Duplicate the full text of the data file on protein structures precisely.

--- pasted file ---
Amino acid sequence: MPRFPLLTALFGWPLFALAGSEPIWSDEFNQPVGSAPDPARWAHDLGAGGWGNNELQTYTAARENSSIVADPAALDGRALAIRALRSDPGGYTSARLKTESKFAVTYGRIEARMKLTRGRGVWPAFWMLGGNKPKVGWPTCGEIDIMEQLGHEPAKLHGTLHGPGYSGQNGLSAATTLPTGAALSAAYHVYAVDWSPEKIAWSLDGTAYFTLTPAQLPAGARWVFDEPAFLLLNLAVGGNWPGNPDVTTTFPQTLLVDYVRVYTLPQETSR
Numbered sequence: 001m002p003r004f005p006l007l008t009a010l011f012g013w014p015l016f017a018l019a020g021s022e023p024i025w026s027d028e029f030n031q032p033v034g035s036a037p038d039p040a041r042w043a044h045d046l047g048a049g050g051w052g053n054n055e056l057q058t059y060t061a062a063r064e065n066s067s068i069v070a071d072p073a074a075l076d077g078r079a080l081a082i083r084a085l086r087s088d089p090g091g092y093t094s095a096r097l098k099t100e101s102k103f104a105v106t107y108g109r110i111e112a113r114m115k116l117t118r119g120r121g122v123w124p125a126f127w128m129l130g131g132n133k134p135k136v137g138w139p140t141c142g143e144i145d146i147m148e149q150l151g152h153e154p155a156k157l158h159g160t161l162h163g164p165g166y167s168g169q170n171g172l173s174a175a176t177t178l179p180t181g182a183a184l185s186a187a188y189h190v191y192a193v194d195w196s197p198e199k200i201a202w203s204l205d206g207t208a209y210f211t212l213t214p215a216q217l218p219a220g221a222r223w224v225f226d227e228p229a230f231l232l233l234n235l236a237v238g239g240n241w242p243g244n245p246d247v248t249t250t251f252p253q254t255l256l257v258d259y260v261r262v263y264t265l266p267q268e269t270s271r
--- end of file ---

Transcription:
Amino acid sequence: MPRFPLLTALFGWPLFALAGSEPIWSDEFNQPVGSAPDPARWAHDLGAGGWGNNELQTYTAARENSSIVADPAALDGRALAIRALRSDPGGYTSARLKTESKFAVTYGRIEARMKLTRGRGVWPAFWMLGGNKPKVGWPTCGEIDIMEQLGHEPAKLHGTLHGPGYSGQNGLSAATTLPTGAALSAAYHVYAVDWSPEKIAWSLDGTAYFTLTPAQLPAGARWVFDEPAFLLLNLAVGGNWPGNPDVTTTFPQTLLVDYVRVYTLPQETSR
Numbered sequence: 001m002p003r004f005p006l007l008t009a010l011f012g013w014p015l016f017a018l019a020g021s022e023p024i025w026s027d028e029f030n031q032p033v034g035s036a037p038d039p040a041r042w043a044h045d046l047g048a049g050g051w052g053n054n055e056l057q058t059y060t061a062a063r064e065n066s067s068i069v070a071d072p073a074a075l076d077g078r079a080l081a082i083r084a085l086r087s088d089p090g091g092y093t094s095a096r097l098k099t100e101s102k103f104a105v106t107y108g109r110i111e112a113r114m115k116l117t118r119g120r121g122v123w124p125a126f127w128m129l130g131g132n133k134p135k136v137g138w139p140t141c142g143e144i145d146i147m148e149q150l151g152h153e154p155a156k157l158h159g160t161l162h163g164p165g166y167s168g169q170n171g172l173s174a175a176t177t178l179p180t181g182a183a184l185s186a187a188y189h190v191y192a193v194d195w196s197p198e199k200i201a202w203s204l205d206g207t208a209y210f211t212l213t214p215a216q217l218p219a220g221a222r223w224v225f226d227e228p229a230f231l232l233l234n235l236a237v238g239g240n241w242p243g244n245p246d247v248t249t250t251f252p253q254t255l256l257v258d259y260v261r262v263y264t265l266p267q268e269t270s271r